Hispanics got 5% more seats overall this school year in the s.e. schools. Blacks lost less than 3% of seats overall.

    The planned 10% cut in seats means that roughly 350 fewer top scoring students will be given a seat at the top schools next year.

    Remember: this cut comes on top of a 10% cut last year, when southside parents complained to CPS about setting aside 50% of s.e. seats for the highest scoring students, which was the original recommendation of the Harvard social policy expert, Mr. Kahlenberg.

    So, in just one year, one group of parents and their politicians have pressured CPS to cut the number of seats for high scoring students from 50% to 30%. That’s a loss of about 700 top-scoring students.

    Remember, for the current school year, whites made up 17% of the s.e. schools enrollment overall and Asians accounted for about 10%, the SAME percentages as last year.

    They did not increase their share of seats at the expense of minorities in Chicago. Even counted together, these 2 groups had many fewer seats than either blacks or Hispanics at s.e. schools, overall. That is partly because a number of s.e. schools reside in minority neighborhoods, and those schools reflect their neighborhoods.

    Further, it makes no sense that 2 Chicago alderman sat on the Blue Ribbon panel, and that CPS invited no parent group other than Black Star Community PTA and a Latino parent group.

    Do whites and Asians pay taxes, too? They make up more than 1/3 of the city’s population, but have no place at the table.

  • 50. agree with lauren  |  November 4, 2010 at 11:58 pm

    I agree. An “A” in an honors class at Lane really means something. (95% and above). Geez–what happened to the gentleman’s C? Grades are pretty meaningless now.

  • 51. Grace  |  November 5, 2010 at 1:55 am

    Regarding # 26, 27, 30 and the ever-interesting Mayfair Dad #31:

    The Blue Ribbon panel has ignored Mayor Daley’s release of $111 million to build a new Jones College Prep. This adds many seats for high school and for a 7th & 8th grade Academic Center to prepare kids for high school.

    Mayor Daley also released $35 million in TIF money to expand seats at Brooks on the far south side.

    Additional capacity is the very best way to increase diversity without hamstringing top-scoring students.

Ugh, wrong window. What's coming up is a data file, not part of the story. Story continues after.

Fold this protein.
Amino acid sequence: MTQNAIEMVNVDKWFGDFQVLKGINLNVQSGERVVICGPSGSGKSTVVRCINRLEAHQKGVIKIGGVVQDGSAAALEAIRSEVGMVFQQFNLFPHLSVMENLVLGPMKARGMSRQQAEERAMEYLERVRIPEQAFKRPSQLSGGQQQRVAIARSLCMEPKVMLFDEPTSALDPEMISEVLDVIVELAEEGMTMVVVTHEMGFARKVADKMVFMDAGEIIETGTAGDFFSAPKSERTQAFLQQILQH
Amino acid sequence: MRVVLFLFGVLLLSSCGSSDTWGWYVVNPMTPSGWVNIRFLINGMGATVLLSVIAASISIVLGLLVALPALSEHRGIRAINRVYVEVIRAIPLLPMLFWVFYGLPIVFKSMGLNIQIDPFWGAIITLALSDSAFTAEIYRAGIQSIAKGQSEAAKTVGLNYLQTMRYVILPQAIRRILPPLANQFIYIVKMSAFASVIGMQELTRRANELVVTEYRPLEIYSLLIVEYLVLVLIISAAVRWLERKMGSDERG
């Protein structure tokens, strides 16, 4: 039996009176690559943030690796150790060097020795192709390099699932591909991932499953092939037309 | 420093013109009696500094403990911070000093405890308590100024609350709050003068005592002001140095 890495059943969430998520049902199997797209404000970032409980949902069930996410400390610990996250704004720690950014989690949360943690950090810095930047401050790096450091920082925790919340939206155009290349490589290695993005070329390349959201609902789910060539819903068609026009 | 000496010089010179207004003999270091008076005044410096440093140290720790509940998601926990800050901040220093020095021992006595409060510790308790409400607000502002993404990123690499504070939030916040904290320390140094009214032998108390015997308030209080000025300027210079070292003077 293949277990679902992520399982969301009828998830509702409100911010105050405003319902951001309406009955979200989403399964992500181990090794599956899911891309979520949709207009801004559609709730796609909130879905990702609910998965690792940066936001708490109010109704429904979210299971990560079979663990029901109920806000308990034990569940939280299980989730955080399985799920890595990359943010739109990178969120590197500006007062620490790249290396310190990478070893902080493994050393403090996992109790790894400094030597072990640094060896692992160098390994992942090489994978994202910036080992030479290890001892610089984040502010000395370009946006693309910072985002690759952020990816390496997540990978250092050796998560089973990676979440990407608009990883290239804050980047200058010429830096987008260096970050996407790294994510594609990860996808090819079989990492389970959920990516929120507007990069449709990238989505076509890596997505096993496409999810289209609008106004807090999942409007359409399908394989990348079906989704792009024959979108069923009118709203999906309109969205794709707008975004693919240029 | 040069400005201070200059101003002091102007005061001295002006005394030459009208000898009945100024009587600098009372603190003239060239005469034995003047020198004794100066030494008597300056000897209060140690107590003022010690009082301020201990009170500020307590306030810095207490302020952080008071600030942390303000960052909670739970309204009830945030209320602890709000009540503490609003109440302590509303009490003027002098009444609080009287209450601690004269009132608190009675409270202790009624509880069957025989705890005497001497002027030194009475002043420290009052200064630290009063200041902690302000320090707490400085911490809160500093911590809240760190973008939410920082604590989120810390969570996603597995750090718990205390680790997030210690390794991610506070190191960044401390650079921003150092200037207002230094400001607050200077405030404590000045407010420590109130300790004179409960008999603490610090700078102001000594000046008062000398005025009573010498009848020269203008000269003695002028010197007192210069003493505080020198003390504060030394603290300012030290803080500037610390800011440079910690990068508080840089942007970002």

Why wasn’t this factored into the BRC’s recommendations?

    The BRC’s approach appears to hurt the individual.

  • 52. Uptown Mom  |  November 5, 2010 at 7:06 am

    @51 – Good point about Jones, but the contract was just approved this year and I couldn’t find a construction schedule or projected completion date on the PBC’s website.

    How long did it take to complete Skinner West and the new Ogden buildings? It could be at least two years before the new Jones is open, and it looks like the BRC recommendations will be applied for a 1-year admissions policy with BRC to revisit in next year.

  • 53. Grace  |  November 5, 2010 at 7:17 am

    BRC recommendations — this year or next — are most likely to continue to move one class ahead at the expense of the individual, top-scoring student.

    It is very unlikely to come under review in the future despite an increase in capacity.

  • 54. M  |  November 5, 2010 at 7:58 am

    For the vast majority of applicants, the new criteria of neighborhood school performance won’t affect chances at all. They are adding this sixth criteria to the existing five criteria for determining a census tract’s tier level. I compared the five-criteria map with the proposed six-criteria map, and although I was just eyeballing it, could only see two or three tracts that had actually changed levels. This makes sense, because for a sixth criteria to make a difference, the school(s) performance had to be very starkly different from the other SES criteria used, and my guess is that they are usually correlated. It would be interesting for someone to do an overlay map showing which census tracts actually change, and which way, to lower or higher.

  • 55. M  |  November 5, 2010 at 8:06 am

    I also want to say that those who are forecasting doom for the quality of students at SEHS are overreacting. Currently, 40 percent of offers are given to top scorers regardless of SES, and then 15 percent to the top scorers in each tier. Under the proposed new system, the split willl be 30 percent first, then 17.5 percent to the top scorers in each tier. If you make the assumption that the lowest scorers to be admitted come from tiers 1 and 2 (which is somewhat borne out by data published), then this change basically has the effect of reserving an additional 2.5 percent of seats for applicants from the lower tiers, and those are likely to be students with lower overall scores, but everything is relative. Given the scanty number of seats at SEHS, even these students will likely be smart, motivated and perfectly capable of the work demanded of them at the schools.

  • 56. mom2  |  November 5, 2010 at 8:54 am

    #50 -“I agree. An “A” in an honors class at Lane really means something. (95% and above). ” – Your statement implies to me that you think that honors classes at Lane are somewhat easy and so the only way to have an A mean something is to make it difficult to achieve. I disagree totally. I took mostly honors courses at my high school growing up. They were difficult and challenging and an A=90 or higher. It was hard to get an A and it meant something when you got one. If someone fears that their class is too easy and that too many kids will get an A if they make the grading scale standard 90, 80, 70, then they need to take a look at what they are teaching and expecting.